by Valorie King (firstname.lastname@example.org)
This issue of MonTAGe is devoted to one of my favorite topics -- the human brain -- and how we use it to perceive, think about, and attend to life's experiences. Hopefully, this issue will leave you with some "clues" towards solving the puzzle of your gifted children.
--- Life At Casa King ---
Solving the riddle of "thinking styles" made teaching my children at home SO MUCH EASIER. I am primarily a holistic or gestalt thinker. I really have to think about what I'm doing if it's necessary that I break a topic or concept into sequential steps. My eldest son is primarily a linear sequential thinker. In the early days of our home schooling a frequent complaint was, "I don't understand what you're saying." We both ended up frustrated and angry at the other. I tended to favor my daughter who seemed to understand everything I said.
After learning about thinking styles and perceptual styles I was able to see that the problem was not my eldest son's abilities or motivation. Changing my presentation style helped as did relying more upon the textbooks which were written in a linear fashion. For my daughter, I began reorganizing the textbook information and continued to present new information in ways that made sense to me. Adapting my style to theirs has made life easier and much more pleasant.
My youngest son presented me with an entirely different problem. Attention style. From a very young age our description of his play has been "like a whirling dervish." He can pay attention for extended periods of time -- when he wants to. But, his usual style is to go from toy to toy, activity to activity, room to room -- seemingly without paying much attention to anything. Yet, we've learned how to open up the box and look inside. If we'll listen, he tells us these wonderful creative stories, usually about robots. Following along with the story I can see how each toy, each room, each activity has played a part in the creation of his imaginary world and the robots who live there. He is a challenge to teach since his "style of attending" is to move quickly from activity to activity. For us, a phonics lesson may take place over the course of an entire day -- two minutes at a time. In between phonics sessions we'll do lots of other learning as well. Fortunately, I like combining all the school subjects under one theme. It works for him. It works for me. We play our way through the school day.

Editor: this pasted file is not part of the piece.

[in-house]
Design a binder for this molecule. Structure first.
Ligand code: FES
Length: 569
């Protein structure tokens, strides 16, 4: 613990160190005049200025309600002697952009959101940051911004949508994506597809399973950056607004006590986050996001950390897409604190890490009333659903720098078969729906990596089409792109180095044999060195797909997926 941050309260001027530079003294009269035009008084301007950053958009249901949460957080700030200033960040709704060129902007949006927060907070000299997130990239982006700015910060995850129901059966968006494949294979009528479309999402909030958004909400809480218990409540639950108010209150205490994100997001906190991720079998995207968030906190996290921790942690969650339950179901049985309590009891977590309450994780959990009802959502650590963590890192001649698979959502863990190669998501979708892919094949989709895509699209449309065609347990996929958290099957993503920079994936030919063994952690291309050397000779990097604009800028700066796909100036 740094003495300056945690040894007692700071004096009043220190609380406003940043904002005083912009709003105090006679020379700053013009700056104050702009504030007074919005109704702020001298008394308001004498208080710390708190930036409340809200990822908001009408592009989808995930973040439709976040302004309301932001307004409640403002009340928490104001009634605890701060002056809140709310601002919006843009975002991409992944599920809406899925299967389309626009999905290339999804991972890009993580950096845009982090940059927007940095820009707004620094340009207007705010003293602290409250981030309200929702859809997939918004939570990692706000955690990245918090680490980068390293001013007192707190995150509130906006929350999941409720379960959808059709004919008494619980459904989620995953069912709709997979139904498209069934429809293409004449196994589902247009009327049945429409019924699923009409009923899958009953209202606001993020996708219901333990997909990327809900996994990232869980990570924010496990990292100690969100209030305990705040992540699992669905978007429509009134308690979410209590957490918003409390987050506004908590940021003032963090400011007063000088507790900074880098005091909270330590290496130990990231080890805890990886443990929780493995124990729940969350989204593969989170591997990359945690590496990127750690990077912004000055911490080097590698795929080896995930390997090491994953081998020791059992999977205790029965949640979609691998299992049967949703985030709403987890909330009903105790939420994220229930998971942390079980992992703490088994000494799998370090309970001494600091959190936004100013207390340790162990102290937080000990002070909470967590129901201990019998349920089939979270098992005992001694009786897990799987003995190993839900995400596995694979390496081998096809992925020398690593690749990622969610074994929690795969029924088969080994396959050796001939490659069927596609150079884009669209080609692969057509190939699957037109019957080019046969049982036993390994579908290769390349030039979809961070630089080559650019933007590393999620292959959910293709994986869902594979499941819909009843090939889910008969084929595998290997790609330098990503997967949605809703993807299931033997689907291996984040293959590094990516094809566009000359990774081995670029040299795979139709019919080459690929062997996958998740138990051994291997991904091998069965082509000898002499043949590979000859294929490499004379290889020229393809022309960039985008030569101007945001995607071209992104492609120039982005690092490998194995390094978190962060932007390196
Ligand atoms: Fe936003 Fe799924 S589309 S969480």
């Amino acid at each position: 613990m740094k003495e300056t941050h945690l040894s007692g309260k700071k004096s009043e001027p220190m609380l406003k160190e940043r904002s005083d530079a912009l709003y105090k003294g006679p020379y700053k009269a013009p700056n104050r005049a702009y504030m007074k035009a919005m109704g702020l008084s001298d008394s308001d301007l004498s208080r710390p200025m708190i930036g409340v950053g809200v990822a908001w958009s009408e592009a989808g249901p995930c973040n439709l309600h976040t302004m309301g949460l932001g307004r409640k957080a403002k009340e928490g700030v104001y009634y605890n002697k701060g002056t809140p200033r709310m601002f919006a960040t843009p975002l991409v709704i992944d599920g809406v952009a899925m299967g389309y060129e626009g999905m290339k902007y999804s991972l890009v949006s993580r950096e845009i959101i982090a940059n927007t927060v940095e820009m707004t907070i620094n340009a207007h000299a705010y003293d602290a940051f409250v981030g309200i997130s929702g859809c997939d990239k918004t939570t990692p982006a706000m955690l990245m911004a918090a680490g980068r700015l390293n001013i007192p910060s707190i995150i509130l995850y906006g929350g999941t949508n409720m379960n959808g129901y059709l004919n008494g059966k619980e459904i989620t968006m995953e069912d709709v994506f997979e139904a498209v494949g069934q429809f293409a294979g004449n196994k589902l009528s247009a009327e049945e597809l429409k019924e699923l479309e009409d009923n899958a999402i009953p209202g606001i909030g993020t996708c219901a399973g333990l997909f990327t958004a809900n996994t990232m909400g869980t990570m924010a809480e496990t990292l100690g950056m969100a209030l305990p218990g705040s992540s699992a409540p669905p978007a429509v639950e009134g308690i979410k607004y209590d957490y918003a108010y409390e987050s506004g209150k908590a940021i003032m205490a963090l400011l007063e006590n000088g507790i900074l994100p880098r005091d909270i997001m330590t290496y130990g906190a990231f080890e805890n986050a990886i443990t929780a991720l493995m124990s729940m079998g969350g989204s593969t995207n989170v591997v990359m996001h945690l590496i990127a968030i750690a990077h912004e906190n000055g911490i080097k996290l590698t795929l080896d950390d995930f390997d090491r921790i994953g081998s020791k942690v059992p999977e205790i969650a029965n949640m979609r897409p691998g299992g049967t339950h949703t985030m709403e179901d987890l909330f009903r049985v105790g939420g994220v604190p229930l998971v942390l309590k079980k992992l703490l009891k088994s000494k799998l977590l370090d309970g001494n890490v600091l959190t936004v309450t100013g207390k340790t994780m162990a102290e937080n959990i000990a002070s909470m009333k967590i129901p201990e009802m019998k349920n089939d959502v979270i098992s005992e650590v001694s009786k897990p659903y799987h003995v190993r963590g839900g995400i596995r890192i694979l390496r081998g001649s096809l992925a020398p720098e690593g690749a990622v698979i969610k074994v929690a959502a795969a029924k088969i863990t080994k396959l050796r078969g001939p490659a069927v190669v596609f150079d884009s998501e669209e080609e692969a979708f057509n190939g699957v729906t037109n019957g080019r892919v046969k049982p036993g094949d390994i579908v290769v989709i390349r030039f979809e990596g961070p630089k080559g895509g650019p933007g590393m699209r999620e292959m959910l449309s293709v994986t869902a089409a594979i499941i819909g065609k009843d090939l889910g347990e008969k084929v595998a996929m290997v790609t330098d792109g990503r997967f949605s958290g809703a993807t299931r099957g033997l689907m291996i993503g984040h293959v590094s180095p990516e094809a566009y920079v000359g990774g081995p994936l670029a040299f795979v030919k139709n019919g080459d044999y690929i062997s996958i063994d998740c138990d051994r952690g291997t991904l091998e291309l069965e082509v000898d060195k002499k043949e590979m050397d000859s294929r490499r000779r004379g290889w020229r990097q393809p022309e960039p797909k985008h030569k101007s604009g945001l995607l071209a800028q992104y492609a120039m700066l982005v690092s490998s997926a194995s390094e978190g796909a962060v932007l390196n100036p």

Casual friends, some of whom have children with the diagnosis of attention-deficit disorder or attention-deficit hyperactivity disorder, have commented that they think my younger son should be evaluated for ADD/ADHD. Those who have been around our family for awhile know the answer -- he has been evaluated. The verdict was -- you guessed it -- he's normal for him. An outlier on the curves, to be sure, but definately not ADD or ADHD. It's hard when you've got family, friends, and especially teachers who are insisting that "this child" must have an attention disorder because he "never pays attention to anything." We've learned ... been educated by a caring physician ... a rapidly changing or moving attention style is not the same as ADD or ADHD. It is a characteristic that many intellectually gifted children share. Perhaps not to the extent that our son's attention changes but changing more frequently than their age-mates.
[For those of you who are strongly linear thinkers, here's my attempt to put this issue of MonTAGe into a linear sequential synopsis. You'll have to let me know if I've succeeded.]
There is a biological basis for intellectual giftedness.
There are neurological reasons why children think and act the way they do. These reasons are, at their lowest levels, the result of chemical processes in the brain and are dependent upon both previous development and current neurochemical processes. For example, perception depends upon the physical structures and upon the neuropathways and neuro- chemical processes that carry the nerve impulses from perceptual channel (e.g. the eye) to the region of the brain responsible for processing that impulse.
Human beings develop and grow in a fairly predictable way that is controlled by our heredity.
Life experience modifies how quickly we grow and develop especially when it comes to brain functions (perceiving, thinking, memory, etc.).
Intellectually gifted children tend to progress through the normal childhood developmental stages ahead of their age-mates. Adverse life experiences, however, can reduce or even retard their rate of development.
Intellectually gifted children who are given a rich environment will grow and develop at a faster pace than children who are not given the same environmental advantages. Thus, these children progress through the normal developmental stages of children slightly or even markedly ahead of their age-mates, even those who are similarly gifted intellectually.
Return to... Hoagies' Gifted Education Page
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